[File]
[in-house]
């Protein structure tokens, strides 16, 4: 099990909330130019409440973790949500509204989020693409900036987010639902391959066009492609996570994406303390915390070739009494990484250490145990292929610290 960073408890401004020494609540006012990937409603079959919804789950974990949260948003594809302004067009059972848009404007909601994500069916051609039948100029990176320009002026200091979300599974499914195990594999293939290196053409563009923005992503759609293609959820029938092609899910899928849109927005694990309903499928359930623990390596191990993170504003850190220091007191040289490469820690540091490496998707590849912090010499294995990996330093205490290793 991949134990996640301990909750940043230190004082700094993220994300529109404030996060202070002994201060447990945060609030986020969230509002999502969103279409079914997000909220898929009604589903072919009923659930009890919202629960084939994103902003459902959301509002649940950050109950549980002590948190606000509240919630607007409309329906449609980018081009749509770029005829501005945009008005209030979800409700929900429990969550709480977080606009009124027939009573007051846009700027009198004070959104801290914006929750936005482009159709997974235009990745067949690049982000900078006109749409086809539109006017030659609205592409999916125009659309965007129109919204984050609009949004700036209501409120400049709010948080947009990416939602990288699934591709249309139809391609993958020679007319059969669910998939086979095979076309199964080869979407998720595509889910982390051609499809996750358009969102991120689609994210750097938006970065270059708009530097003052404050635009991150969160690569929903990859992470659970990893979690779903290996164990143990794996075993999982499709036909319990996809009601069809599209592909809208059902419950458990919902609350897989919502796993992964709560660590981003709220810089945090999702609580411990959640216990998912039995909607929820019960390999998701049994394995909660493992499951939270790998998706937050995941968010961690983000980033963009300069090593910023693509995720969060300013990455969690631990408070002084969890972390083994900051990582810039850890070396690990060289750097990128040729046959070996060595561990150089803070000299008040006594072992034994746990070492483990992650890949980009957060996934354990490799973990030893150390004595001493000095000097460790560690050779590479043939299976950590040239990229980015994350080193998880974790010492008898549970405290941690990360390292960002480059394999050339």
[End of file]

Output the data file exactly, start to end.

[in-house]
């Protein structure tokens, strides 16, 4: 099990909330130019409440973790949500509204989020693409900036987010639902391959066009492609996570994406303390915390070739009494990484250490145990292929610290 960073408890401004020494609540006012990937409603079959919804789950974990949260948003594809302004067009059972848009404007909601994500069916051609039948100029990176320009002026200091979300599974499914195990594999293939290196053409563009923005992503759609293609959820029938092609899910899928849109927005694990309903499928359930623990390596191990993170504003850190220091007191040289490469820690540091490496998707590849912090010499294995990996330093205490290793 991949134990996640301990909750940043230190004082700094993220994300529109404030996060202070002994201060447990945060609030986020969230509002999502969103279409079914997000909220898929009604589903072919009923659930009890919202629960084939994103902003459902959301509002649940950050109950549980002590948190606000509240919630607007409309329906449609980018081009749509770029005829501005945009008005209030979800409700929900429990969550709480977080606009009124027939009573007051846009700027009198004070959104801290914006929750936005482009159709997974235009990745067949690049982000900078006109749409086809539109006017030659609205592409999916125009659309965007129109919204984050609009949004700036209501409120400049709010948080947009990416939602990288699934591709249309139809391609993958020679007319059969669910998939086979095979076309199964080869979407998720595509889910982390051609499809996750358009969102991120689609994210750097938006970065270059708009530097003052404050635009991150969160690569929903990859992470659970990893979690779903290996164990143990794996075993999982499709036909319990996809009601069809599209592909809208059902419950458990919902609350897989919502796993992964709560660590981003709220810089945090999702609580411990959640216990998912039995909607929820019960390999998701049994394995909660493992499951939270790998998706937050995941968010961690983000980033963009300069090593910023693509995720969060300013990455969690631990408070002084969890972390083994900051990582810039850890070396690990060289750097990128040729046959070996060595561990150089803070000299008040006594072992034994746990070492483990992650890949980009957060996934354990490799973990030893150390004595001493000095000097460790560690050779590479043939299976950590040239990229980015994350080193998880974790010492008898549970405290941690990360390292960002480059394999050339």